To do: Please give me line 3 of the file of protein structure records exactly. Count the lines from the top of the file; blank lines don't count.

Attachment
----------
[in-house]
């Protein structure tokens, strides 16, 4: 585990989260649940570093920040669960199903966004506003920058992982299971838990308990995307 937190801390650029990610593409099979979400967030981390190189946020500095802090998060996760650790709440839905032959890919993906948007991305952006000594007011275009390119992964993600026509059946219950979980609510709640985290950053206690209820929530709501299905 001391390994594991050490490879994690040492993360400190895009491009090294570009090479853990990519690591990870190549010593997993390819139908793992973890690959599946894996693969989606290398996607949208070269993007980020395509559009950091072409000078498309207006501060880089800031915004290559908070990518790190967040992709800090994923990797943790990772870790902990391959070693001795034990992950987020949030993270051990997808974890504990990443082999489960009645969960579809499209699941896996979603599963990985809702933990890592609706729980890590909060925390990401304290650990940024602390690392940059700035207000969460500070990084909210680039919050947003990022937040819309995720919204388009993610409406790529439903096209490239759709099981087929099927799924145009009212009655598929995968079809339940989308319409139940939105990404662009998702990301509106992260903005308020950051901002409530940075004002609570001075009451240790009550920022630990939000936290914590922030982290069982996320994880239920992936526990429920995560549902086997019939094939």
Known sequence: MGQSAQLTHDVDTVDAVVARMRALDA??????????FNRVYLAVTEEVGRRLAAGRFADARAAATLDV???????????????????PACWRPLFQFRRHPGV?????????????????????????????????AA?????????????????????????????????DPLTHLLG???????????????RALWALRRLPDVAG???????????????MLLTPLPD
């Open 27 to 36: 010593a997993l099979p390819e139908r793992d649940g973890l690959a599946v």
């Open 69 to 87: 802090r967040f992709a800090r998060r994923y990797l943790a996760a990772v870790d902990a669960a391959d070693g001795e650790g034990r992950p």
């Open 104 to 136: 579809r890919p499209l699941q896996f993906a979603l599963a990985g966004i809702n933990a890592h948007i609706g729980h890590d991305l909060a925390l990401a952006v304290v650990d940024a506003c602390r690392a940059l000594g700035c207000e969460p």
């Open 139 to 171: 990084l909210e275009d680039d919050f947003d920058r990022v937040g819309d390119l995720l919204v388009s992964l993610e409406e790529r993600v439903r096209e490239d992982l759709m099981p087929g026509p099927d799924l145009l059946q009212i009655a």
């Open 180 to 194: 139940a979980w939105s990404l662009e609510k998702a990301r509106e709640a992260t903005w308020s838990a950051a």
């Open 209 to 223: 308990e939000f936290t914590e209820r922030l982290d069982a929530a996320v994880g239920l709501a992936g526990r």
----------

Known sequence: MGQSAQLTHDVDTVDAVVARMRALDA??????????FNRVYLAVTEEVGRRLAAGRFADARAAATLDV???????????????????PACWRPLFQFRRHPGV?????????????????????????????????AA?????????????????????????????????DPLTHLLG???????????????RALWALRRLPDVAG???????????????MLLTPLPD